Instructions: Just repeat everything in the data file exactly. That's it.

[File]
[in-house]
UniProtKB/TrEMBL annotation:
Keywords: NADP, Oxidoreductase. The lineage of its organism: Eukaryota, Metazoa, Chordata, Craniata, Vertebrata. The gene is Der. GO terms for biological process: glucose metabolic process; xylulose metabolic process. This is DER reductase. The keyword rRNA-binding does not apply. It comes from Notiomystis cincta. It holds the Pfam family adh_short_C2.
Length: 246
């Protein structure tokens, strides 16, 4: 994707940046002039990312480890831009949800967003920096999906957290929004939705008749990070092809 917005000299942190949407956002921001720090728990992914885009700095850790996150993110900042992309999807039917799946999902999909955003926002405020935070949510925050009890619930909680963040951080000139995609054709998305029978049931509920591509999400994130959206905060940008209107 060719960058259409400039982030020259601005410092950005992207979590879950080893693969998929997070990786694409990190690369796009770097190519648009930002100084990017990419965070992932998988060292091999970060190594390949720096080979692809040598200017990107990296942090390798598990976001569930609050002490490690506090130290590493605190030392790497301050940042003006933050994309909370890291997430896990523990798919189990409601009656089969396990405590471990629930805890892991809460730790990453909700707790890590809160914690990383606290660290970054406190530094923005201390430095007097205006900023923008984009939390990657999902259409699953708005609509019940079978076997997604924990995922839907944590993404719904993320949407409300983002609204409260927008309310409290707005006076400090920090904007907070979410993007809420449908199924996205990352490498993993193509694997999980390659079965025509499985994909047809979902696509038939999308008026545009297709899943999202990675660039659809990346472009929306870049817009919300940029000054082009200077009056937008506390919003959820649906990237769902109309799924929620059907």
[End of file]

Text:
[in-house]
UniProtKB/TrEMBL annotation:
Keywords: NADP, Oxidoreductase. The lineage of its organism: Eukaryota, Metazoa, Chordata, Craniata, Vertebrata. The gene is Der. GO terms for biological process: glucose metabolic process; xylulose metabolic process. This is DER reductase. The keyword rRNA-binding does not apply. It comes from Notiomystis cincta. It holds the Pfam family adh_short_C2.
Length: 246
């Protein structure tokens, strides 16, 4: 994707940046002039990312480890831009949800967003920096999906957290929004939705008749990070092809 917005000299942190949407956002921001720090728990992914885009700095850790996150993110900042992309999807039917799946999902999909955003926002405020935070949510925050009890619930909680963040951080000139995609054709998305029978049931509920591509999400994130959206905060940008209107 060719960058259409400039982030020259601005410092950005992207979590879950080893693969998929997070990786694409990190690369796009770097190519648009930002100084990017990419965070992932998988060292091999970060190594390949720096080979692809040598200017990107990296942090390798598990976001569930609050002490490690506090130290590493605190030392790497301050940042003006933050994309909370890291997430896990523990798919189990409601009656089969396990405590471990629930805890892991809460730790990453909700707790890590809160914690990383606290660290970054406190530094923005201390430095007097205006900023923008984009939390990657999902259409699953708005609509019940079978076997997604924990995922839907944590993404719904993320949407409300983002609204409260927008309310409290707005006076400090920090904007907070979410993007809420449908199924996205990352490498993993193509694997999980390659079965025509499985994909047809979902696509038939999308008026545009297709899943999202990675660039659809990346472009929306870049817009919300940029000054082009200077009056937008506390919003959820649906990237769902109309799924929620059907």